Acupuncture for persistent insomnia associated with major depressive disorder: a randomised controlled trial
KF Chung1, WF Yeung2, SP Zhang3, ZJ Zhang2, MT Wong4, WK Lee5, KW Chan6
1 Department of Psychiatry, University of Hong Kong
2 School of Chinese Medicine, University of Hong Kong
3 School of Chinese Medicine, Hong Kong Baptist University
4 Department of Psychiatry, Kowloon Hospital
5 Department of Psychiatry, Kwai Chung Hospital
6 Department of Psychiatry, United Christian Hospital
Key Messages
1. Standardised acupuncture has only a mild hypnotic effect for residual insomnia associated with major depressive disorder (MDD). Its efficacy does not differ to that of minimal acupuncture or placebo control.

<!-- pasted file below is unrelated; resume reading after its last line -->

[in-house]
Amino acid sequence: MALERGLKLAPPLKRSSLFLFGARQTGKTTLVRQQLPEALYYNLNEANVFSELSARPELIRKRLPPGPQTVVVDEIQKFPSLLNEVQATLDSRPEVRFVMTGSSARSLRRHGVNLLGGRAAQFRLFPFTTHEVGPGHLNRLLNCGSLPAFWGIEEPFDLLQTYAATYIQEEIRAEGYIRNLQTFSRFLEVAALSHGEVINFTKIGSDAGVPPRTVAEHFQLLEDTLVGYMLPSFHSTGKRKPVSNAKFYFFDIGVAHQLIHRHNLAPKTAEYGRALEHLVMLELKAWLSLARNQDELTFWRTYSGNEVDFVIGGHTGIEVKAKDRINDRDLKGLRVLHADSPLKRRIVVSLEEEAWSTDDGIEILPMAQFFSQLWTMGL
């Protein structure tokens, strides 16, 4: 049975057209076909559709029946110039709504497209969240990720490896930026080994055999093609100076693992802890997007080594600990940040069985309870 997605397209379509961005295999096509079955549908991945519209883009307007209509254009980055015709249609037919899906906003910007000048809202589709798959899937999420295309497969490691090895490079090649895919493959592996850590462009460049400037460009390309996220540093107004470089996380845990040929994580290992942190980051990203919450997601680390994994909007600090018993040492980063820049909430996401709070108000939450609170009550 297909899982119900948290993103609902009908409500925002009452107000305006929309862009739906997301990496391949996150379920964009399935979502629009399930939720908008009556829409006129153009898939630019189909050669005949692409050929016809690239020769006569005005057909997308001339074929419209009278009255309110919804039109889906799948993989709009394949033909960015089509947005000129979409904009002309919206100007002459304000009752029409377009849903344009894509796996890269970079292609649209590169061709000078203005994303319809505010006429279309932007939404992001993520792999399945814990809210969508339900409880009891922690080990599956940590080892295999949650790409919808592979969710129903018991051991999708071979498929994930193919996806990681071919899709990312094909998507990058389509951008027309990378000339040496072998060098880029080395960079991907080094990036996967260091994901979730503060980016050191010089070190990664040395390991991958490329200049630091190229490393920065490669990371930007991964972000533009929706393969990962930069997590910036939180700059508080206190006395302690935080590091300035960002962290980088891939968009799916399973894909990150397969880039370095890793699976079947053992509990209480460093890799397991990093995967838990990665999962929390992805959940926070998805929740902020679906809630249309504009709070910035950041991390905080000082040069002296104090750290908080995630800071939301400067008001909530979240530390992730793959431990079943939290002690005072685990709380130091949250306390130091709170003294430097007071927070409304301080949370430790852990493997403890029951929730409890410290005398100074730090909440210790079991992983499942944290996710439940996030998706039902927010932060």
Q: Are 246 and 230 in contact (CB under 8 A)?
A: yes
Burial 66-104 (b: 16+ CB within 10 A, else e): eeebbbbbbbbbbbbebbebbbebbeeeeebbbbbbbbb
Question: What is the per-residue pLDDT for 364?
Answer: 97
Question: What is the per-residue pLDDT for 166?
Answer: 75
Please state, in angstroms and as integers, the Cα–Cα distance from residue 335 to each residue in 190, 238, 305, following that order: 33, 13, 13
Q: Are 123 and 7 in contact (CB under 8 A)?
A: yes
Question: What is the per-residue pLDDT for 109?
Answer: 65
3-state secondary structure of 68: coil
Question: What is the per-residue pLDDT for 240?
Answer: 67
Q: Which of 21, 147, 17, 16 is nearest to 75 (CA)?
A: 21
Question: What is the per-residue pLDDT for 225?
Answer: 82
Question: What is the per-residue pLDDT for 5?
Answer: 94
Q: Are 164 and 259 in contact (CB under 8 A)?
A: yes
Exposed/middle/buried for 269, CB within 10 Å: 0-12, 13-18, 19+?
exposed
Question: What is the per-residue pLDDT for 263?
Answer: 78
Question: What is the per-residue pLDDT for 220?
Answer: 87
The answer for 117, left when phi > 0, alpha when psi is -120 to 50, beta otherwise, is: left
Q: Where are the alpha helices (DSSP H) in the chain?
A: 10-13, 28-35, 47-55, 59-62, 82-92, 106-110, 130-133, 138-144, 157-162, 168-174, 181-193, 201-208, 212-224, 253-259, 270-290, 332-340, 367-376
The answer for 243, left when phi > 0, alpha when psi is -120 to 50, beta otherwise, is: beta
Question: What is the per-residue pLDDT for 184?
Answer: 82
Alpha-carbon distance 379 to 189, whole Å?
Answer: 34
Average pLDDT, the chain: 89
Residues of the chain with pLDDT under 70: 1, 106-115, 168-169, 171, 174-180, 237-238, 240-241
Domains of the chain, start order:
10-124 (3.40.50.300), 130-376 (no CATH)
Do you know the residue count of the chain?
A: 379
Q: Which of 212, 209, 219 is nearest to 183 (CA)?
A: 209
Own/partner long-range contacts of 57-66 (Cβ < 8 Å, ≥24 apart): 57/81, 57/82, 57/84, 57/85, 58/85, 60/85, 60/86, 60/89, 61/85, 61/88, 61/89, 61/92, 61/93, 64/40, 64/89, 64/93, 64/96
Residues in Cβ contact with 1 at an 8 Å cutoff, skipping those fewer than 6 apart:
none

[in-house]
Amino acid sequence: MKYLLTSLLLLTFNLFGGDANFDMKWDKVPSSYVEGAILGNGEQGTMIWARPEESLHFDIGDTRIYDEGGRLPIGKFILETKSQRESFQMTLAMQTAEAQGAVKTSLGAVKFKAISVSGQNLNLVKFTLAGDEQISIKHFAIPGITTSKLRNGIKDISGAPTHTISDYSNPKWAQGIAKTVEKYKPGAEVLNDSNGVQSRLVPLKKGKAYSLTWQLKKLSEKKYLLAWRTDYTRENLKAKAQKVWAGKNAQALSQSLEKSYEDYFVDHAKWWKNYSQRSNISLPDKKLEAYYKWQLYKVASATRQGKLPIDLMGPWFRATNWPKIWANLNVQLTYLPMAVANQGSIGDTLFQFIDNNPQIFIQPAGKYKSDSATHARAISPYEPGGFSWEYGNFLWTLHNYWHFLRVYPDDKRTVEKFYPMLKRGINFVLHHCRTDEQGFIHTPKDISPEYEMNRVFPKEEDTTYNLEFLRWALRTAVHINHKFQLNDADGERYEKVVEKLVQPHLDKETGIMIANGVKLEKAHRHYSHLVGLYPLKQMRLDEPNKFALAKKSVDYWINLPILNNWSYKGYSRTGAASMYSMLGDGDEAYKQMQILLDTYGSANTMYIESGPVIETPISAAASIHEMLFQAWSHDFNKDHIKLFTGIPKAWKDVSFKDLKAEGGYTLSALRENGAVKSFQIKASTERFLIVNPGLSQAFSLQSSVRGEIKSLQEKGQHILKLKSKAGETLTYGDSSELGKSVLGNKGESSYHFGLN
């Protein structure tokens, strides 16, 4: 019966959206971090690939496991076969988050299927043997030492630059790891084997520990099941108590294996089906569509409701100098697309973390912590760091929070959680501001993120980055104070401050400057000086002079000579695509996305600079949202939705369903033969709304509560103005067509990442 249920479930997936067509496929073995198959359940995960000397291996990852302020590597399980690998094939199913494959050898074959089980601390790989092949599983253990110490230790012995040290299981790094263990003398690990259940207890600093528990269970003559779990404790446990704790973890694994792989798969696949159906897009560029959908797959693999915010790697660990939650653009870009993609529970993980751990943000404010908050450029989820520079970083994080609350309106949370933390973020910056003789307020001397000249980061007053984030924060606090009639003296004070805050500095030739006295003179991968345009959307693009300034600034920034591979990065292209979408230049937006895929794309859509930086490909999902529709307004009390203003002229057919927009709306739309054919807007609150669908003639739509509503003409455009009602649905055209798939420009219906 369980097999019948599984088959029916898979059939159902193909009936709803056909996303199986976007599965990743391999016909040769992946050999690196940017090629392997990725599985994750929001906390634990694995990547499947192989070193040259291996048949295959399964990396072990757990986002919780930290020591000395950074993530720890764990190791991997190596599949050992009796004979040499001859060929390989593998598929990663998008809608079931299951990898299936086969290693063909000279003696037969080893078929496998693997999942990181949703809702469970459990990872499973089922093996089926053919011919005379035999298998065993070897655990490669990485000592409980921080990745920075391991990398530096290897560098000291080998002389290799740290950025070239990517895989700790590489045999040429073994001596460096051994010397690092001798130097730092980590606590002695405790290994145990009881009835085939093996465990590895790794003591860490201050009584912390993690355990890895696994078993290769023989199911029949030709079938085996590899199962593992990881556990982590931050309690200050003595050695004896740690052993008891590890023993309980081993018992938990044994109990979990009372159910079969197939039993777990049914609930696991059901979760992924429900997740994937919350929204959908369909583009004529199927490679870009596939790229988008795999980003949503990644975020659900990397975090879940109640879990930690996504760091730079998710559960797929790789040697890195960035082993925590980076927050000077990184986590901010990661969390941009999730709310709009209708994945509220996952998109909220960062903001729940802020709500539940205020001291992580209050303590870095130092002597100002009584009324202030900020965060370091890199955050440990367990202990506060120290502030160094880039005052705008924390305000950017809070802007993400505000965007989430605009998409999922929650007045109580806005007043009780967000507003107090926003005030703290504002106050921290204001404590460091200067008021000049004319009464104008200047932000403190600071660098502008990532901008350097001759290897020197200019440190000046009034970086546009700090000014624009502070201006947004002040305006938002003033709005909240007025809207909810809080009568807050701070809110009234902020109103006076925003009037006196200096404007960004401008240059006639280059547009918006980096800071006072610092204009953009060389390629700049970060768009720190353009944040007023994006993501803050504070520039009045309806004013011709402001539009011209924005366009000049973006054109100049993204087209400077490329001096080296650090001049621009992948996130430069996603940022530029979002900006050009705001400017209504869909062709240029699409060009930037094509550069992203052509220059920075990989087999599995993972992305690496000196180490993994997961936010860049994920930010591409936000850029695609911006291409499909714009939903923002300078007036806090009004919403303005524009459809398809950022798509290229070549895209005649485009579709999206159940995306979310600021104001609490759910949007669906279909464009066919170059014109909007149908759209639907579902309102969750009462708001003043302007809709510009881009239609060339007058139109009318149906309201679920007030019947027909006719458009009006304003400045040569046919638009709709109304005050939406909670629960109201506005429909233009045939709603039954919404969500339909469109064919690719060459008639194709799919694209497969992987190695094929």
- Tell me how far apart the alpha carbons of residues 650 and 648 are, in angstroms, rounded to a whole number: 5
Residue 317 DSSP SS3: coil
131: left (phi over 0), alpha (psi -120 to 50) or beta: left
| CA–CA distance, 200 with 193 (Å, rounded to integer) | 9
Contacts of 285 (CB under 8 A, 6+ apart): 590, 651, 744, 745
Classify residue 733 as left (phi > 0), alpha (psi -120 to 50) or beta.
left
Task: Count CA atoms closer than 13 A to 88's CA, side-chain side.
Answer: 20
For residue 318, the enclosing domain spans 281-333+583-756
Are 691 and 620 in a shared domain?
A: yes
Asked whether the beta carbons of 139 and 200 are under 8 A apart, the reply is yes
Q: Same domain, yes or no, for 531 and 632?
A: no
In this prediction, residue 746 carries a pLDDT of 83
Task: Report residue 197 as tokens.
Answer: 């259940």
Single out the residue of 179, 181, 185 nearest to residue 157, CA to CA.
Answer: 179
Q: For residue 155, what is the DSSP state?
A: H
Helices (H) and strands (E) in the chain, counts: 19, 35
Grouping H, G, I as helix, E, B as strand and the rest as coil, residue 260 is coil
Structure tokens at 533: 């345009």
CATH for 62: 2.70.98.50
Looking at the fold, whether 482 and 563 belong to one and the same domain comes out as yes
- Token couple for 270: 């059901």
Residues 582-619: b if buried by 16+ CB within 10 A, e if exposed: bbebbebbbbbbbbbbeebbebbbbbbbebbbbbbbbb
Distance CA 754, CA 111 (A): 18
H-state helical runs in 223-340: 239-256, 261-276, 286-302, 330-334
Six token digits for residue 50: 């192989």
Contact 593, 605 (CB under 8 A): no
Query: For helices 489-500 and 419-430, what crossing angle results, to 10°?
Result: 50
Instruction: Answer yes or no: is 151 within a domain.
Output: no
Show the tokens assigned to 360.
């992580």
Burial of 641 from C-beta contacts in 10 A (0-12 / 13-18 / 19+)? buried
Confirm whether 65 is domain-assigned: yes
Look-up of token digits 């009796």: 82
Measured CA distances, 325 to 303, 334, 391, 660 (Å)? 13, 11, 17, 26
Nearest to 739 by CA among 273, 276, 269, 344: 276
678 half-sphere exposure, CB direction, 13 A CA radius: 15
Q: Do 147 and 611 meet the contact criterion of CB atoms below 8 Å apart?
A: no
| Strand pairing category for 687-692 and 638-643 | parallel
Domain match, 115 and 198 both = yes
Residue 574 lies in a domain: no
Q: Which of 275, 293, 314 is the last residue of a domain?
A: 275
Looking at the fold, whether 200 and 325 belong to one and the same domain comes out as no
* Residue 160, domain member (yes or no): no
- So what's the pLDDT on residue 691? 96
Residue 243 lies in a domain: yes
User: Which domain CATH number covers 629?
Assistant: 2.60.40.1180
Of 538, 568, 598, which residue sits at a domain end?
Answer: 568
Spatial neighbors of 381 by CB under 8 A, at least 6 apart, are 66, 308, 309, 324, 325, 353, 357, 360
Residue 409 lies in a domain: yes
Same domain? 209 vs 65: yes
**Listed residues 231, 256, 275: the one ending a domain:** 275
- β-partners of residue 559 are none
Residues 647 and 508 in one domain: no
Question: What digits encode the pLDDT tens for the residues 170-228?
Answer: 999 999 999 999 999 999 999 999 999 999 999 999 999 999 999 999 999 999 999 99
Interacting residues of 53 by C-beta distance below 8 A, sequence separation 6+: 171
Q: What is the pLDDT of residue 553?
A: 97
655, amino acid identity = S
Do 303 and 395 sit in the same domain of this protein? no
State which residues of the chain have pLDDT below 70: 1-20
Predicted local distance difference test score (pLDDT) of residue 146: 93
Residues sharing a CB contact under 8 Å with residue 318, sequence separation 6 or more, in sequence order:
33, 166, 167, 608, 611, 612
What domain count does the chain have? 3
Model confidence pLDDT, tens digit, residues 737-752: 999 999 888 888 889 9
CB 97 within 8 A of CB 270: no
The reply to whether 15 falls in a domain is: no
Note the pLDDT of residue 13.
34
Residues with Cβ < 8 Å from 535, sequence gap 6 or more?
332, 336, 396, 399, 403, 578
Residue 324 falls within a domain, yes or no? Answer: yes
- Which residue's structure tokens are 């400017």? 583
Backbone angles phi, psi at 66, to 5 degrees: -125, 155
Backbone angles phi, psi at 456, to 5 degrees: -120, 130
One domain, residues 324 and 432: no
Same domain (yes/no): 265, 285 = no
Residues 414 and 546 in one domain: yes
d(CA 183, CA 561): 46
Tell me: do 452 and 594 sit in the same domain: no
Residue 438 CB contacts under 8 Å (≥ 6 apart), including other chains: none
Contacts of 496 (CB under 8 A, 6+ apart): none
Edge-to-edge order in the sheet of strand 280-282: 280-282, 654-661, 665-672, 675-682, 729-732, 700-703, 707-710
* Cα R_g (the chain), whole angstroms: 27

2. The within-group effect size for the primary outcome measure—sleep-diary-derived sleep efficiency—was 0.4 at 1-week post-treatment, but there was almost no change in actigraphy-derived objective sleep parameters.
3. Standardised acupuncture and minimal acupuncture were well-tolerated, with rates of discontinuation (secondary to adverse events) of 5.0% and 3.3%, respectively.
4. Residual insomnia associated with MDD partially responds to non-specific factors of acupuncture, but it fails to attain full remission. Further studies exploring individualised acupuncture, a longer course of acupuncture and cognitive behavioural therapy for this persistent problem are needed.